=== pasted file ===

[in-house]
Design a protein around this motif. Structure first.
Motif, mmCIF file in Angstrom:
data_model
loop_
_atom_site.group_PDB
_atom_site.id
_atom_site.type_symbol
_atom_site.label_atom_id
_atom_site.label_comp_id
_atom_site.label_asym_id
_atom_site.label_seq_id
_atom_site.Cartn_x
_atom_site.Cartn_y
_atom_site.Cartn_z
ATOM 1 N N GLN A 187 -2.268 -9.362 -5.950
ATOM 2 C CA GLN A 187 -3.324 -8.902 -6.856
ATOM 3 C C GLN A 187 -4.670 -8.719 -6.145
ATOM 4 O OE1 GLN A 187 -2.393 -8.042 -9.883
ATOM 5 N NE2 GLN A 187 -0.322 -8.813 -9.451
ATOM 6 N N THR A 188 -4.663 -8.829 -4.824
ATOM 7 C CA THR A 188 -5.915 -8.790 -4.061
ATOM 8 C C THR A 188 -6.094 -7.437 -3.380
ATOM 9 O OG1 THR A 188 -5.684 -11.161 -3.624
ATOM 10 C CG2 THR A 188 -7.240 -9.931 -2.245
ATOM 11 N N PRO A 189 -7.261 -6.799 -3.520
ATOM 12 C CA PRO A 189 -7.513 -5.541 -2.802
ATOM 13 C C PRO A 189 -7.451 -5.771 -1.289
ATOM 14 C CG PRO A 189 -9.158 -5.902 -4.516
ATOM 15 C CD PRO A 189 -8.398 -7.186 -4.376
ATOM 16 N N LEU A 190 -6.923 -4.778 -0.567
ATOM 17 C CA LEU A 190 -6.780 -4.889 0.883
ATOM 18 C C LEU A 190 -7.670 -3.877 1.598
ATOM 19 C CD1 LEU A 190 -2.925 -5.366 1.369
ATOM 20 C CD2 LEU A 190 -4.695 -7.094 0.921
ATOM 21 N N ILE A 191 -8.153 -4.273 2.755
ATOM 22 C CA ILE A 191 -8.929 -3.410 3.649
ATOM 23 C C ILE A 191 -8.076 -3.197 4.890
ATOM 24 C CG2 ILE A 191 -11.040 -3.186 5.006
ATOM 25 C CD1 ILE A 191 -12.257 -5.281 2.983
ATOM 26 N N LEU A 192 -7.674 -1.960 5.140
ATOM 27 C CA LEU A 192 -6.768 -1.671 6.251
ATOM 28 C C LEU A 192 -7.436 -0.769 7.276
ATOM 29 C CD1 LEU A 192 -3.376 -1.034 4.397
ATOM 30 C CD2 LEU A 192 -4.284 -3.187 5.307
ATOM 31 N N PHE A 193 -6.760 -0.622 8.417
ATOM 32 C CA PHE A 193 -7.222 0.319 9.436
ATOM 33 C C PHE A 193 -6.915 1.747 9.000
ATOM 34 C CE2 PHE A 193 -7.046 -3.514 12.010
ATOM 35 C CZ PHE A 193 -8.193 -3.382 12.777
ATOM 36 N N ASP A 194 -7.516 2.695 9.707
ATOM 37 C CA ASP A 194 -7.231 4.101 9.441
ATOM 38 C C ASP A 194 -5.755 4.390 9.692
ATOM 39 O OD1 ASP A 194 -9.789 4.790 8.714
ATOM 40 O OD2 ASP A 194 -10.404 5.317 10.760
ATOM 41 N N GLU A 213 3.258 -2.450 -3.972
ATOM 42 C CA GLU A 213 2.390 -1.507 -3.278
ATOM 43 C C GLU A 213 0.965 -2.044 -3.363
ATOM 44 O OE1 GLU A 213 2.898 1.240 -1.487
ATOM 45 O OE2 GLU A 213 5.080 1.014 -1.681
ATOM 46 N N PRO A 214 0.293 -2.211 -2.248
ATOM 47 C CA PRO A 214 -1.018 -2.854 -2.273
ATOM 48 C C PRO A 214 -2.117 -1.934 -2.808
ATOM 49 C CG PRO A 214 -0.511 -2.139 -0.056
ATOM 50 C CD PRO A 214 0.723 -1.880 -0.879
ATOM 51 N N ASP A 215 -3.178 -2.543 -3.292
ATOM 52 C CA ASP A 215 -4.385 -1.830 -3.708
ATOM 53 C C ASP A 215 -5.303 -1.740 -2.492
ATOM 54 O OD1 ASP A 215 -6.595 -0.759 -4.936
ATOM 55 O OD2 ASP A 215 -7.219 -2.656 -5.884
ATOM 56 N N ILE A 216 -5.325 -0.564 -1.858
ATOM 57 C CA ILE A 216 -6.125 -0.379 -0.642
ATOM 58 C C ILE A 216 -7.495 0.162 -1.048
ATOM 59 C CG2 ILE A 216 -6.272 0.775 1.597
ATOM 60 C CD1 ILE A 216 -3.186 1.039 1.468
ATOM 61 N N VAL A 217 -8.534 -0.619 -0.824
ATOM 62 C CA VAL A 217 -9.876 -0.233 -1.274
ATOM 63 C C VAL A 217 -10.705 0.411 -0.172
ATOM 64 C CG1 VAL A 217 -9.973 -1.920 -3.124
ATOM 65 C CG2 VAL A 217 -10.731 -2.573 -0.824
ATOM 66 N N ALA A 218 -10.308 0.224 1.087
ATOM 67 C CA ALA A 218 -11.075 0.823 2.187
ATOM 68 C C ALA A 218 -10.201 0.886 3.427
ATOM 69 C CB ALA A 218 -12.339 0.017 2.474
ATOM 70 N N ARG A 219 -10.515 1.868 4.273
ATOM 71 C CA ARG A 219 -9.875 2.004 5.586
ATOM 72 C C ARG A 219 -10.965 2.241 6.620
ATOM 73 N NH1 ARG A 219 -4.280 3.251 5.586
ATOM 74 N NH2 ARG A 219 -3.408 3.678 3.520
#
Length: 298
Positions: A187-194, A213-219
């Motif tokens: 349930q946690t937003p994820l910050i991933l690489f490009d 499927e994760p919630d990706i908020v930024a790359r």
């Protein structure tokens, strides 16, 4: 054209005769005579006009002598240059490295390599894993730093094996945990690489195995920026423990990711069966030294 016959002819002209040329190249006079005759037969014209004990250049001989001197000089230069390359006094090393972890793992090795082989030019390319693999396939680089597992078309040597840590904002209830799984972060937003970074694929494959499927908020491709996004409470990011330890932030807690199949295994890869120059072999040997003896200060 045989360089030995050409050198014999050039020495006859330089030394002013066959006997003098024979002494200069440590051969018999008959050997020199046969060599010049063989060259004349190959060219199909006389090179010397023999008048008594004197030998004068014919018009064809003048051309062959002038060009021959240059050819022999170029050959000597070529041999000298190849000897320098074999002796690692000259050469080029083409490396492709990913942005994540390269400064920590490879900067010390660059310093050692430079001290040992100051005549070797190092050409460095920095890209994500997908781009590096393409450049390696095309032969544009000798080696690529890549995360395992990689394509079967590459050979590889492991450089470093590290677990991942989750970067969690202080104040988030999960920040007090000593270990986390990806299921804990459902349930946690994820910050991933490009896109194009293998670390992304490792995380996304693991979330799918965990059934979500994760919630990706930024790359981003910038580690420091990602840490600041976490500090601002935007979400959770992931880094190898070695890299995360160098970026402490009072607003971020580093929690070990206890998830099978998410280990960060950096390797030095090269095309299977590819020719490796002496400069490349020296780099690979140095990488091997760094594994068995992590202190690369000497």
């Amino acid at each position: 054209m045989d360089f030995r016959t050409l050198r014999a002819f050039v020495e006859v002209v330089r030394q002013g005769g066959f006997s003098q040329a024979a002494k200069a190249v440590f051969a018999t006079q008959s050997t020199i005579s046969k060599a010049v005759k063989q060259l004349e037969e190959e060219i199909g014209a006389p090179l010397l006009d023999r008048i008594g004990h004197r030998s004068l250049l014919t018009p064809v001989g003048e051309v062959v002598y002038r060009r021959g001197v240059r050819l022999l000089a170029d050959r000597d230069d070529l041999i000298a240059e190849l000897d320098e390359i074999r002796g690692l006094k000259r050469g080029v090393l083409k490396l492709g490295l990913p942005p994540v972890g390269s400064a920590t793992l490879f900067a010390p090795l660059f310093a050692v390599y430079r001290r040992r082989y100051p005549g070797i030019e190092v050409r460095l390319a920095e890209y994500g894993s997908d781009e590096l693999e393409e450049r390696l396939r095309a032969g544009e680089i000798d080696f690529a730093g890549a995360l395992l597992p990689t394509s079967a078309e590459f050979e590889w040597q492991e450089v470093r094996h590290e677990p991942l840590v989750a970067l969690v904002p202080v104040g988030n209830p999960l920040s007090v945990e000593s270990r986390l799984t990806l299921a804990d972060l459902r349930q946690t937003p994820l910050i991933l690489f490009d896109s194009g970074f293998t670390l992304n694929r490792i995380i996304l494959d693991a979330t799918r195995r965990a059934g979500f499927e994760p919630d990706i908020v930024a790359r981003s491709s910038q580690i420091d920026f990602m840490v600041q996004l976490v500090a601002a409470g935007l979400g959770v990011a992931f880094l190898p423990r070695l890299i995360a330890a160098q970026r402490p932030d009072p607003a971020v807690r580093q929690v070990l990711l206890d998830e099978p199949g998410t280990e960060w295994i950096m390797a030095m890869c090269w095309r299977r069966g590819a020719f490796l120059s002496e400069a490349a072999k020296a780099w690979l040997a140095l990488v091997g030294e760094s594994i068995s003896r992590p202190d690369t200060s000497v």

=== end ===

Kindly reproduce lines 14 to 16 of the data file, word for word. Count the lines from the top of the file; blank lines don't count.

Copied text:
_atom_site.Cartn_y
_atom_site.Cartn_z
ATOM 1 N N GLN A 187 -2.268 -9.362 -5.950